After the earthquake triggered the tsunami and the tsunami sparked the nuclear meltdown, the world looked towards Japan - long an economic overachiever and regional powerhouse - in a way it hadn't in quite some time and wondered what could be done to help. Disconcertingly, there was little anyone without an expertise in containing radiation could do.
Civic-minded above almost all else, the Japanese volunteered in large numbers to help their displaced fellow citizens and to clean up the mess in Fukushima. Westerners weren't needed and weren't necessarily welcomed. Many organizations were understandably loathe to have people on the ground who didn't speak Japanese.
Now, as the clean up enters a calmer stage, visitors to Japan can do more to help what has become a two front war. There are opportunities to help the area affected by the tsunami and, just as critically, to help in unaffected areas where critical issues were put on the back burner during the national disaster.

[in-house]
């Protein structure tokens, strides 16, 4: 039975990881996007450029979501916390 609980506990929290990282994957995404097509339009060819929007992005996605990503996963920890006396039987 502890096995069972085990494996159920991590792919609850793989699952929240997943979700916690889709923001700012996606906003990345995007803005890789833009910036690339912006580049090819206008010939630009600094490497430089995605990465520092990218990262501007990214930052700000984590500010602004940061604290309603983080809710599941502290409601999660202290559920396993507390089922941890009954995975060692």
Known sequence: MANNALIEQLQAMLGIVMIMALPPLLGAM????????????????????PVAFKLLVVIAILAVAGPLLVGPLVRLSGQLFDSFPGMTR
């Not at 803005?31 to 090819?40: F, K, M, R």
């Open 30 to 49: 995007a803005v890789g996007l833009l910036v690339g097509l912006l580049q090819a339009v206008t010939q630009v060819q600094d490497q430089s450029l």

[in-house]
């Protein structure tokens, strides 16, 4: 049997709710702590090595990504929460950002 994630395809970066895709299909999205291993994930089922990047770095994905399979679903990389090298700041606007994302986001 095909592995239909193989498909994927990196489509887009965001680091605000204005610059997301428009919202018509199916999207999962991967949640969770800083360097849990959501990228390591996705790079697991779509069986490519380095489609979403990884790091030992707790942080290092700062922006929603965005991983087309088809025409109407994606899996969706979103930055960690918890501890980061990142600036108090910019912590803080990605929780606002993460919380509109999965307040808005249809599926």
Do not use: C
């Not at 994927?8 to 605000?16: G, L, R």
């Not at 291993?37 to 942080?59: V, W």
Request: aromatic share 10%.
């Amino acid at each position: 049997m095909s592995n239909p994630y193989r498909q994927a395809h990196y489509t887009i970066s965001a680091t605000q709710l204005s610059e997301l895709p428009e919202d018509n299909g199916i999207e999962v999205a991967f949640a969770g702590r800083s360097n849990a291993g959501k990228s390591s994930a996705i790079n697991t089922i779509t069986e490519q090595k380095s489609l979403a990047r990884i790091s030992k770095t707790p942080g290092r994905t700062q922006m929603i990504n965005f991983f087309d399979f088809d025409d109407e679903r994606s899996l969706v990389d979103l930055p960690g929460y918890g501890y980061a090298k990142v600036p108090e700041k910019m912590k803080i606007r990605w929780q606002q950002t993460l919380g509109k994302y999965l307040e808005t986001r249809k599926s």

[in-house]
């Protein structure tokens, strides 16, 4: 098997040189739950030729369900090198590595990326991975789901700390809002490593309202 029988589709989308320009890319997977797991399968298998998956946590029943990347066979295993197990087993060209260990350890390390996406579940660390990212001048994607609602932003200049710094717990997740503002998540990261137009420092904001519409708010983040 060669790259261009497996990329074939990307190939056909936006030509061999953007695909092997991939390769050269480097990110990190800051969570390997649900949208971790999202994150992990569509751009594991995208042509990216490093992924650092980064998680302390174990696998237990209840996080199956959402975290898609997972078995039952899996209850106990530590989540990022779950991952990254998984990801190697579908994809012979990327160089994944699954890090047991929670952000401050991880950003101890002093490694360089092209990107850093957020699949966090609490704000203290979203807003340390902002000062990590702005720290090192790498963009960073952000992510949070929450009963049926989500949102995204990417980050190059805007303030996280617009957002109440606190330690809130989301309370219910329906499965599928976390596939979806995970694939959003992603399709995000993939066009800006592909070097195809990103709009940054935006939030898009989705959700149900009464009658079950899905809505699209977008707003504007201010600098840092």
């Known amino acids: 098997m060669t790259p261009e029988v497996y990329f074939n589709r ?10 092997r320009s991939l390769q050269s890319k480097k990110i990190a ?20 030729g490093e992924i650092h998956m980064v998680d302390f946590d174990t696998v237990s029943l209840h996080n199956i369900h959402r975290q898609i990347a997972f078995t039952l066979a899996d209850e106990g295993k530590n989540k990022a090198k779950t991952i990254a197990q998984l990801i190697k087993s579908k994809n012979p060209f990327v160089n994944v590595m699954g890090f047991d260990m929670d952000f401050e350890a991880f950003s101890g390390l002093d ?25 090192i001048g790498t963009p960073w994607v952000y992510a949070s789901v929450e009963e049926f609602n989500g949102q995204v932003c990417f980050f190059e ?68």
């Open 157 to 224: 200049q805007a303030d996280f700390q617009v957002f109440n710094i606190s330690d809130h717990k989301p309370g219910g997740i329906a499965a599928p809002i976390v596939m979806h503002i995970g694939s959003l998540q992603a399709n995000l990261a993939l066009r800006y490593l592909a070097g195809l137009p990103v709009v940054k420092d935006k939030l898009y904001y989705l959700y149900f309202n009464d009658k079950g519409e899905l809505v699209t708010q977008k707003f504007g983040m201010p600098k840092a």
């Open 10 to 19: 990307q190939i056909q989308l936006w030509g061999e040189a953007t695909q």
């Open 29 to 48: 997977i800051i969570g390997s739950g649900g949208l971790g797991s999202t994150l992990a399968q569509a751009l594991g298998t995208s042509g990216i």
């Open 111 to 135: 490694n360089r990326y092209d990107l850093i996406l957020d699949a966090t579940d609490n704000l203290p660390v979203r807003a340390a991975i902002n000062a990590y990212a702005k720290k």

These voluntourism opportunities offer travelers a chance to see beneath the sometimes opaque surface of Japan, to get to know locals (many of whom will speak English) and to experience the country, briefly perhaps, from an insider's perspective.
For all the size of the Pacific, getting to Japan is not terribly difficult any more. There are direct flight from the east and west coasts to the country's major cities than generally don't exceed $1,500 per ticket.
Photo: Foreign Volunteers Japan/Flickr